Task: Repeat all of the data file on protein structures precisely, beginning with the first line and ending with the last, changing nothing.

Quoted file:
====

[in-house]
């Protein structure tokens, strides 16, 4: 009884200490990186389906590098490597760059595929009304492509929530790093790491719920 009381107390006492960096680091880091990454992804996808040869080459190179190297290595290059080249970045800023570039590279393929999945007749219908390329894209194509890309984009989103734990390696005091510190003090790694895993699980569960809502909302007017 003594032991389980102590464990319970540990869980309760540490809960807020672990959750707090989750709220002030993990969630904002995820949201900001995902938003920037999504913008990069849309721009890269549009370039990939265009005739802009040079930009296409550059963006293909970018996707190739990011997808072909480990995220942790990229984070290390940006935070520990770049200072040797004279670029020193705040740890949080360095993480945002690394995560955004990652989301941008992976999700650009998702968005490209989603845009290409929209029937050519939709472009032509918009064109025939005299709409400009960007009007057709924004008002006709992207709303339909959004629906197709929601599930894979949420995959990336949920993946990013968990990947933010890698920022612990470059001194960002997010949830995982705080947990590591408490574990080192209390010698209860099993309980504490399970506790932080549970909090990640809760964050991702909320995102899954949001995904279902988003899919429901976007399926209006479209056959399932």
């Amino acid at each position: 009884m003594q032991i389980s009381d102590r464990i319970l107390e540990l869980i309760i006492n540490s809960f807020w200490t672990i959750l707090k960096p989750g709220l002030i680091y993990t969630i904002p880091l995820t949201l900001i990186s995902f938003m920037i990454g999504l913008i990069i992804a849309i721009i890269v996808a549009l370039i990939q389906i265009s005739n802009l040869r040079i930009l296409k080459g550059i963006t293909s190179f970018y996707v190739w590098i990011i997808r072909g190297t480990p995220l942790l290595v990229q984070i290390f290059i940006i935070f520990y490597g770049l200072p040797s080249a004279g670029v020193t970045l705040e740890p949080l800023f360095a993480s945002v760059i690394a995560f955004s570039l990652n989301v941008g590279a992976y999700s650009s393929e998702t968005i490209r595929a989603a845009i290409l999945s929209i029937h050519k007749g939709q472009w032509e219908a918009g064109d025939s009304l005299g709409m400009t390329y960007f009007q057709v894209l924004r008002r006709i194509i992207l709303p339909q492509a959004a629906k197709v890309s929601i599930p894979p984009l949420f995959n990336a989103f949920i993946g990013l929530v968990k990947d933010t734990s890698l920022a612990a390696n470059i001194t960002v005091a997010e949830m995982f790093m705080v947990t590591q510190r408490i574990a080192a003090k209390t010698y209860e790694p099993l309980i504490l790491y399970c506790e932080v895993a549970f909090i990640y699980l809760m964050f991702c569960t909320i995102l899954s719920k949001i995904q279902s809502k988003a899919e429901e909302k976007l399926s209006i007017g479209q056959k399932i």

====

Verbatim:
[in-house]
């Protein structure tokens, strides 16, 4: 009884200490990186389906590098490597760059595929009304492509929530790093790491719920 009381107390006492960096680091880091990454992804996808040869080459190179190297290595290059080249970045800023570039590279393929999945007749219908390329894209194509890309984009989103734990390696005091510190003090790694895993699980569960809502909302007017 003594032991389980102590464990319970540990869980309760540490809960807020672990959750707090989750709220002030993990969630904002995820949201900001995902938003920037999504913008990069849309721009890269549009370039990939265009005739802009040079930009296409550059963006293909970018996707190739990011997808072909480990995220942790990229984070290390940006935070520990770049200072040797004279670029020193705040740890949080360095993480945002690394995560955004990652989301941008992976999700650009998702968005490209989603845009290409929209029937050519939709472009032509918009064109025939005299709409400009960007009007057709924004008002006709992207709303339909959004629906197709929601599930894979949420995959990336949920993946990013968990990947933010890698920022612990470059001194960002997010949830995982705080947990590591408490574990080192209390010698209860099993309980504490399970506790932080549970909090990640809760964050991702909320995102899954949001995904279902988003899919429901976007399926209006479209056959399932």
């Amino acid at each position: 009884m003594q032991i389980s009381d102590r464990i319970l107390e540990l869980i309760i006492n540490s809960f807020w200490t672990i959750l707090k960096p989750g709220l002030i680091y993990t969630i904002p880091l995820t949201l900001i990186s995902f938003m920037i990454g999504l913008i990069i992804a849309i721009i890269v996808a549009l370039i990939q389906i265009s005739n802009l040869r040079i930009l296409k080459g550059i963006t293909s190179f970018y996707v190739w590098i990011i997808r072909g190297t480990p995220l942790l290595v990229q984070i290390f290059i940006i935070f520990y490597g770049l200072p040797s080249a004279g670029v020193t970045l705040e740890p949080l800023f360095a993480s945002v760059i690394a995560f955004s570039l990652n989301v941008g590279a992976y999700s650009s393929e998702t968005i490209r595929a989603a845009i290409l999945s929209i029937h050519k007749g939709q472009w032509e219908a918009g064109d025939s009304l005299g709409m400009t390329y960007f009007q057709v894209l924004r008002r006709i194509i992207l709303p339909q492509a959004a629906k197709v890309s929601i599930p894979p984009l949420f995959n990336a989103f949920i993946g990013l929530v968990k990947d933010t734990s890698l920022a612990a390696n470059i001194t960002v005091a997010e949830m995982f790093m705080v947990t590591q510190r408490i574990a080192a003090k209390t010698y209860e790694p099993l309980i504490l790491y399970c506790e932080v895993a549970f909090i990640y699980l809760m964050f991702c569960t909320i995102l899954s719920k949001i995904q279902s809502k988003a899919e429901e909302k976007l399926s209006i007017g479209q056959k399932i």